Calling The Padres


Nope, not talking about the San Diego Padres, but my parents back in Minnesota. One of the giants I am trying to face this week is sharing the gospel with them because I am not sure that they understand the gospel. I called my mom this morning and after awhile I tried to bring up spiritual things, but usually the conversation would drift to other things, usually my sister, before I could nail down any gospel truth. It was just very frustrating for me to experience it. I mean I love my family so much and I don’t want them to burn in hell. But that is exactly what will happen if I do not make sure that they have understood the gospel clearly and given them the opportunity to know God. Please please pray for me and for them. Pray that when I call them back tonight, that I will be full of boldness and just go for it and share the gospel with them.


3 thoughts on “Calling The Padres

  1. Well, they took the day off since my sister left for her mission trip this morning. I totally agree with it being better in person, but its hard when I’m 2,000 miles away.

    I never said that my parents were going to Hell. But I believe that the only way to eternal life is through Christ and accepting him into their hearts and I have no idea if they have done that. I have reason to believe, though, by watching their lives that they have not and so I love them so much that I can’t take the risk of them spending eternity there. Of course the decision to send someone to Hell is God’s and only God’s and it will always be kept that way, no matter what simply because God is who is. But I think he has made it clear what will and will not get you into Heaven or Hell and so we can reasonably conclude, when we know somebody, where they will spend eternity from their lives at the present point in time. Making that conclusion is not the same as deciding that they will burn in Hell. I do not decide that two and two makes four, but I can reasonably conclude that two and two does, indeed, make four.

    I am very critical of myself all the time. But I was not being critical of my parents. I just express a desire to share with them the love and amazing, life-changing power of Jesus Christ.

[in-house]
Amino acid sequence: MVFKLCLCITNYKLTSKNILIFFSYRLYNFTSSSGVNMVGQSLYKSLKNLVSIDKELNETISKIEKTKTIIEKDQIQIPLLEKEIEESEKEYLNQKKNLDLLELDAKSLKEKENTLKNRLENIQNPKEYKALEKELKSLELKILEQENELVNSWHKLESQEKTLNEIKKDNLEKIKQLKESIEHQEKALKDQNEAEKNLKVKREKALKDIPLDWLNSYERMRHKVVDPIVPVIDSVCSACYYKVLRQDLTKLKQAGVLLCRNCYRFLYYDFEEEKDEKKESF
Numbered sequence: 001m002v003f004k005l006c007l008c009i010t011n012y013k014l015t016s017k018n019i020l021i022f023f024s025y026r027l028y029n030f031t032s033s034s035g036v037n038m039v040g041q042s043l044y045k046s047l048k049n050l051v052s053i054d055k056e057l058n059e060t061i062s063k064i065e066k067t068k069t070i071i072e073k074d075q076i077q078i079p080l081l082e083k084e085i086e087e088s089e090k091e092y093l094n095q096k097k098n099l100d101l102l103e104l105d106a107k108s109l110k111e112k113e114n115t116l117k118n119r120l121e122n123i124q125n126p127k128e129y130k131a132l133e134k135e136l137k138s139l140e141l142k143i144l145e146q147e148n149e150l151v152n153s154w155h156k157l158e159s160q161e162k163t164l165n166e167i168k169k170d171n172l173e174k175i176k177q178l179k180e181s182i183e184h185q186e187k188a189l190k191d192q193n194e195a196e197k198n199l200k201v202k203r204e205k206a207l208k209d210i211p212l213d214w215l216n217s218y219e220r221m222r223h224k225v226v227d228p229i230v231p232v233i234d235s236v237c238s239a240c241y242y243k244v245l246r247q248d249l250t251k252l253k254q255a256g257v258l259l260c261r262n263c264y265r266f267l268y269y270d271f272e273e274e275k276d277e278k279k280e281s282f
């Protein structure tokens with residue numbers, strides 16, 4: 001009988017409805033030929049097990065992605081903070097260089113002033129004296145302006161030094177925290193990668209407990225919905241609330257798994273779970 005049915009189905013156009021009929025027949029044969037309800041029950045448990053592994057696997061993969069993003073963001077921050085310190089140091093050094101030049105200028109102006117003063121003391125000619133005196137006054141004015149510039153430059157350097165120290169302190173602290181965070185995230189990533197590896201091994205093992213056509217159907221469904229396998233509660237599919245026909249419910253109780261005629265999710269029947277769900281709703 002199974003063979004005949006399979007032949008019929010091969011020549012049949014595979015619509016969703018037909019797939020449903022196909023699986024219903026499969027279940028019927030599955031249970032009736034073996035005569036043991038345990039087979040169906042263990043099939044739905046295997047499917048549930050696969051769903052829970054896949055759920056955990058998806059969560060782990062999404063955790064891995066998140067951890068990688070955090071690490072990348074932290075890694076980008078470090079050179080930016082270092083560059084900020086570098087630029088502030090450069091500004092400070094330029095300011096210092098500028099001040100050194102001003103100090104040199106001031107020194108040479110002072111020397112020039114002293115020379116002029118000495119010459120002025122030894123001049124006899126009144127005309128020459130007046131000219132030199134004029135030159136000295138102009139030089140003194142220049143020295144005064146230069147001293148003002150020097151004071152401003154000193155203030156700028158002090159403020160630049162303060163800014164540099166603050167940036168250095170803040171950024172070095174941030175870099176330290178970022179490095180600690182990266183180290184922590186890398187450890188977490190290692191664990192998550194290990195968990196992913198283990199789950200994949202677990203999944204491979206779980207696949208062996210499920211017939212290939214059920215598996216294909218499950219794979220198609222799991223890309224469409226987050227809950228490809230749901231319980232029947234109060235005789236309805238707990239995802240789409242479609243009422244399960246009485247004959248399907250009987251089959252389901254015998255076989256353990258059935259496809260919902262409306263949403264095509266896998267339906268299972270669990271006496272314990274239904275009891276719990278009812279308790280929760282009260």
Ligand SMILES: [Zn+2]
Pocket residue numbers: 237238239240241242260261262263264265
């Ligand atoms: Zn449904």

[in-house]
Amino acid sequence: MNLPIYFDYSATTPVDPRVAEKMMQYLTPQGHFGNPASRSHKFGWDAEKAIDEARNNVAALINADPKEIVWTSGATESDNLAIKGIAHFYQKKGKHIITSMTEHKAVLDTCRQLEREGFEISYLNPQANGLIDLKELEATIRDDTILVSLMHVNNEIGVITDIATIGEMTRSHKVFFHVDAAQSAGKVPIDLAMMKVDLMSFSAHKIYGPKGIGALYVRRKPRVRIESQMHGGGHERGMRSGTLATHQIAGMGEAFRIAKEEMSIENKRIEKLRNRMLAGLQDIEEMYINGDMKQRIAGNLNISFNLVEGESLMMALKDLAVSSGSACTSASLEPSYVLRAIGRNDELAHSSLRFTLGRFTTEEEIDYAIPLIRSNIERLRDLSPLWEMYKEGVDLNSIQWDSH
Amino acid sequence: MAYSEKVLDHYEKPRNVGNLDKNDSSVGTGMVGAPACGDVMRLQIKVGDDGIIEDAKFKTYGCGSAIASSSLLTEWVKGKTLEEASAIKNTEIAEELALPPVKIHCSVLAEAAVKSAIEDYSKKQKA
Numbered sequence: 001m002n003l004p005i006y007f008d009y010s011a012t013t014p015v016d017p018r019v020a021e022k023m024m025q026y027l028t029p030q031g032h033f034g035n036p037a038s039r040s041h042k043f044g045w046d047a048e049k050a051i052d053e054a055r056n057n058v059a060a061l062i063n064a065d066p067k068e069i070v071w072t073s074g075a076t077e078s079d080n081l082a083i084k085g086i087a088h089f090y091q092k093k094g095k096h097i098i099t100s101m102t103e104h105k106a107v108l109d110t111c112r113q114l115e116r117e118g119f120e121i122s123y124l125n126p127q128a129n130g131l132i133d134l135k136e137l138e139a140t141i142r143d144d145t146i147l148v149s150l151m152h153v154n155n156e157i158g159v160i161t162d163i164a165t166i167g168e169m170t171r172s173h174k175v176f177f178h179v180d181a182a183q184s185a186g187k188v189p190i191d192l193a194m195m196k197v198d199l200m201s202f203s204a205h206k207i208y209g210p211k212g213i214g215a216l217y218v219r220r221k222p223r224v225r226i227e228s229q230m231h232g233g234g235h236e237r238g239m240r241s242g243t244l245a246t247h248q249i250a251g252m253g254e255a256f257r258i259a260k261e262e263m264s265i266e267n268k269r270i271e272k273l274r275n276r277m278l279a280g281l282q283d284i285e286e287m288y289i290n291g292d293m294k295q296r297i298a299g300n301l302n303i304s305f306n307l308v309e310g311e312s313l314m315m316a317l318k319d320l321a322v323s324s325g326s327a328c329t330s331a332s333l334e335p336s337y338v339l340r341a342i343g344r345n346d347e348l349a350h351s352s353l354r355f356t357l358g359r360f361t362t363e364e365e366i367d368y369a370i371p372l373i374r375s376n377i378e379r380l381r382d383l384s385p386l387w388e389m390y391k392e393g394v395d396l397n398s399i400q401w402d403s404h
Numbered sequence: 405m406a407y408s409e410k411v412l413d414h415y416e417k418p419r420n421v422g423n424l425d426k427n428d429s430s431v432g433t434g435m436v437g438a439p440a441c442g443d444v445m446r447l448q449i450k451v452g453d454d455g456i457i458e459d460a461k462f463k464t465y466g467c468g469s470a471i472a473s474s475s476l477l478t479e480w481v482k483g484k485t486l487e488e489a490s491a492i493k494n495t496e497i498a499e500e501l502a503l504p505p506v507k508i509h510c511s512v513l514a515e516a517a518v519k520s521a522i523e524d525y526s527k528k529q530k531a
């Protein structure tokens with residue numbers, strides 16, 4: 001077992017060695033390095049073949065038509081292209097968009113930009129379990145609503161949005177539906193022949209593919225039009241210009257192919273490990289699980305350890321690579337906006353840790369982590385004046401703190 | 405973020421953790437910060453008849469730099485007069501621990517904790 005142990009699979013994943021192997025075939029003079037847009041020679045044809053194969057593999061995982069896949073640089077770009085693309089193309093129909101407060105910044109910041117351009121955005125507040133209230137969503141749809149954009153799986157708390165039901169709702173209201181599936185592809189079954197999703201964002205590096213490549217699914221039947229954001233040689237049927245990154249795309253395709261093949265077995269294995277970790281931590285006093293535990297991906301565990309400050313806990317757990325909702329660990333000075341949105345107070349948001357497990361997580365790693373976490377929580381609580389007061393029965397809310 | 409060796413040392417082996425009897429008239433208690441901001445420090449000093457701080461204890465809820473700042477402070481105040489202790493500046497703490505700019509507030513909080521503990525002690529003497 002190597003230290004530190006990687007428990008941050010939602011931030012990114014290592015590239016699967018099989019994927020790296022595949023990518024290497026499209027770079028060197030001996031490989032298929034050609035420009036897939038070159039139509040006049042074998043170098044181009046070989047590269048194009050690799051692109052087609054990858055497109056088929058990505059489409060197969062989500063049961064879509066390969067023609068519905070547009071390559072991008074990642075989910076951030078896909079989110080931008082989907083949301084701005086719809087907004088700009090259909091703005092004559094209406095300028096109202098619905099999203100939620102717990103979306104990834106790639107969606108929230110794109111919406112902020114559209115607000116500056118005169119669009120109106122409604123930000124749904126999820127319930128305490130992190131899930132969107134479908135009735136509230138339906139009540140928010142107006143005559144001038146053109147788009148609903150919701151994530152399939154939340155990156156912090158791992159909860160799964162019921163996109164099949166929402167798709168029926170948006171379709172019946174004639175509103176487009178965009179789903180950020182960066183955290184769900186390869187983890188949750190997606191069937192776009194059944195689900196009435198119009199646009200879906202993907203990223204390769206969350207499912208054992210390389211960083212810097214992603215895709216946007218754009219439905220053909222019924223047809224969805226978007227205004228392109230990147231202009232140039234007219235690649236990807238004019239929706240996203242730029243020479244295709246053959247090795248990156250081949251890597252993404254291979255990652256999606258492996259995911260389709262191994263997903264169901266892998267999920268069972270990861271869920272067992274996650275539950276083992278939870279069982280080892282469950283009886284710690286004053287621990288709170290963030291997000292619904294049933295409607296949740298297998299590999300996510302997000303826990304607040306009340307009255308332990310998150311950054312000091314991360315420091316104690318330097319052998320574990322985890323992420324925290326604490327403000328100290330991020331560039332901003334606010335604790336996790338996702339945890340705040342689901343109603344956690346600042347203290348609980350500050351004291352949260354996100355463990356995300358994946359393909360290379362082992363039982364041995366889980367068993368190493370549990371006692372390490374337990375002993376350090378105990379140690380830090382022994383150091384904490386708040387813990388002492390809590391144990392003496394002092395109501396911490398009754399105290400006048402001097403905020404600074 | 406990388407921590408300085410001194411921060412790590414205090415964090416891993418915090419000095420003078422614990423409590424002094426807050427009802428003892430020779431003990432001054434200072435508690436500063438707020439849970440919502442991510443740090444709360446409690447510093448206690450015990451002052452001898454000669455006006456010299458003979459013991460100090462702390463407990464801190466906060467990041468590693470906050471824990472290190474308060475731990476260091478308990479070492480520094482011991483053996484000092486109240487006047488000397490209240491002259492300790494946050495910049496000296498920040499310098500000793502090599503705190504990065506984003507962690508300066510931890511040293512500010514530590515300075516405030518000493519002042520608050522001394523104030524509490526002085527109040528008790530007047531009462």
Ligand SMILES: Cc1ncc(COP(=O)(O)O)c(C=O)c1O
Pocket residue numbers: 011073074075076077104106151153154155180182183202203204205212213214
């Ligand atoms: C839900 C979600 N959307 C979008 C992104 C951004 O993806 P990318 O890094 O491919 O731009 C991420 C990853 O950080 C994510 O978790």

2. talk to your parents when you get back…you’ll be able to have a much longer conversation, not to mention there will probably be a greater connection. if this is something that is important to you, why wouldn’t you want to make it count? there is no need to rush something like this, especially if it is important to you.

    there are many different interpretations of the Bible, so what you believe sends a person to hell, may not actually be the reality of it.

    it does sound as though you are judging people, which is not your place. You did not come up with 2+2 = 4, but you also did not create this world, you do not get to choose who is let in and who is not.

    you want to spread the word of God, that is great, it really is…but looking at people and guessing whether or not they are going to hell does not seem very christianly to me…i think you should think before doing so.

  3. I agree, this is very important, which is why I need to talk to them about it as soon as possible. I mean, I know that I will be home in 24 days, but 24 days is a long time, and we truly do not know what is going to happen.

    I was not judging, though. Christ made it clear that those who have not accepted him will not spend eternity with him. You are right, I did not create the world, and I do not get to decide who goes to Heaven and who doesn’t. But like I said, God has told us what it takes to get there. If he didn’t, we wouldn’t really know what to do to get there.

    I never look at someone, especially someone I do not know, and guess whether or not they will go to Heaven. However, I do look at them and wonder if I know God and have an intense desire to share God with them, which is different. I feel that way because I look at them with compassion and do not want them to burn in Hell, and I think that is the most Christianly thing we can do for others.

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